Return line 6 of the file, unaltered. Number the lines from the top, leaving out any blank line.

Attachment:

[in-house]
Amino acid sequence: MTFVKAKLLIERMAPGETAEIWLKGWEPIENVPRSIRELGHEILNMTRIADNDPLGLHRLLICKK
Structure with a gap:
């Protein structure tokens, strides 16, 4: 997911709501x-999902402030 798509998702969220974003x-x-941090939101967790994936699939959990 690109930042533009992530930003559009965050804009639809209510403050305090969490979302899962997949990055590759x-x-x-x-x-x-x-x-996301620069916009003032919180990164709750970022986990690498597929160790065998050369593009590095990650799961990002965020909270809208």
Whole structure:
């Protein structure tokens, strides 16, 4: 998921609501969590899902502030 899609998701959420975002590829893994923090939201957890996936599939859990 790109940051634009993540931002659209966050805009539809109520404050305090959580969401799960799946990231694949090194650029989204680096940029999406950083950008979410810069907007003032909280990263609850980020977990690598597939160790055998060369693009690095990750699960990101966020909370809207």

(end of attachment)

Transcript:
């Protein structure tokens, strides 16, 4: 998921609501969590899902502030 899609998701959420975002590829893994923090939201957890996936599939859990 790109940051634009993540931002659209966050805009539809109520404050305090959580969401799960799946990231694949090194650029989204680096940029999406950083950008979410810069907007003032909280990263609850980020977990690598597939160790055998060369693009690095990750699960990101966020909370809207």